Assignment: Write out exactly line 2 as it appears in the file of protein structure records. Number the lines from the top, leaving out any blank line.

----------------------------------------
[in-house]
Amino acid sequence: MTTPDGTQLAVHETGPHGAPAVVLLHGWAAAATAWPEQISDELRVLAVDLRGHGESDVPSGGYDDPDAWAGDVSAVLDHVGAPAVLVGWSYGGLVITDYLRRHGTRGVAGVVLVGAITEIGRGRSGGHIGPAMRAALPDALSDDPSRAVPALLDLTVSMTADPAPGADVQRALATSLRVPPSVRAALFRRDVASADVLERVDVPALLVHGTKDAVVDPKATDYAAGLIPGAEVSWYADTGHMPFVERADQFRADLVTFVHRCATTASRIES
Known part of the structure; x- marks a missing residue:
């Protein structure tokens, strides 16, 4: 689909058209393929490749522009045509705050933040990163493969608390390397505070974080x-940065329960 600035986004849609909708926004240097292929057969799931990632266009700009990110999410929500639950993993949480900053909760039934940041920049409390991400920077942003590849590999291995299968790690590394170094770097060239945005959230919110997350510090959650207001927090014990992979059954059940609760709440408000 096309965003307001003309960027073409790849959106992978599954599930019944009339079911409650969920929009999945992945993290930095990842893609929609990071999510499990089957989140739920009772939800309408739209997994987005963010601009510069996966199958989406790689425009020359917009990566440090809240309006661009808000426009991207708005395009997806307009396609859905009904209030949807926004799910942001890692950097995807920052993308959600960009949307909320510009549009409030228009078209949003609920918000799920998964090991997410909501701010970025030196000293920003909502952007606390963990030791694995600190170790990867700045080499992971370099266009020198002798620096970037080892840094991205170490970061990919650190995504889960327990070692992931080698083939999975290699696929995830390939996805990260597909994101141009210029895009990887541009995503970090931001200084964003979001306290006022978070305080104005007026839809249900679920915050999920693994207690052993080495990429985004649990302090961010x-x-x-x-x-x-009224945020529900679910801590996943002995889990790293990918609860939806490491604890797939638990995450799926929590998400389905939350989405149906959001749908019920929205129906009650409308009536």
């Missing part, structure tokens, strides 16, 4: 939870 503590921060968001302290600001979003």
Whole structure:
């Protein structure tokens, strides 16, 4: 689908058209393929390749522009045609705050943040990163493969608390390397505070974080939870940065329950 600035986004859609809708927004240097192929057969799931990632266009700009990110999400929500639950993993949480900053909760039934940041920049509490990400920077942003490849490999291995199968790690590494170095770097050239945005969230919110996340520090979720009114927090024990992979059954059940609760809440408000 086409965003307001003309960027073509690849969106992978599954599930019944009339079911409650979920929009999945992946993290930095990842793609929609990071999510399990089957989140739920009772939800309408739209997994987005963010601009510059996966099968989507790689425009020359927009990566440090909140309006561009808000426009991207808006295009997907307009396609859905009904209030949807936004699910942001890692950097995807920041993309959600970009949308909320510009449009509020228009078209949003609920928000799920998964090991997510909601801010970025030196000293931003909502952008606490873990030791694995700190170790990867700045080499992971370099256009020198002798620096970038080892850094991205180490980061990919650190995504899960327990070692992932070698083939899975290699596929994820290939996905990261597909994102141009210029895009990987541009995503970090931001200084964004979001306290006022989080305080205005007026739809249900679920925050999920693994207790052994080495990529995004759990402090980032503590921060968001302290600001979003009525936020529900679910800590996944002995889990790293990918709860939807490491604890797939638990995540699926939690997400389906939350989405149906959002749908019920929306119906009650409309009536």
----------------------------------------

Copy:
Amino acid sequence: MTTPDGTQLAVHETGPHGAPAVVLLHGWAAAATAWPEQISDELRVLAVDLRGHGESDVPSGGYDDPDAWAGDVSAVLDHVGAPAVLVGWSYGGLVITDYLRRHGTRGVAGVVLVGAITEIGRGRSGGHIGPAMRAALPDALSDDPSRAVPALLDLTVSMTADPAPGADVQRALATSLRVPPSVRAALFRRDVASADVLERVDVPALLVHGTKDAVVDPKATDYAAGLIPGAEVSWYADTGHMPFVERADQFRADLVTFVHRCATTASRIES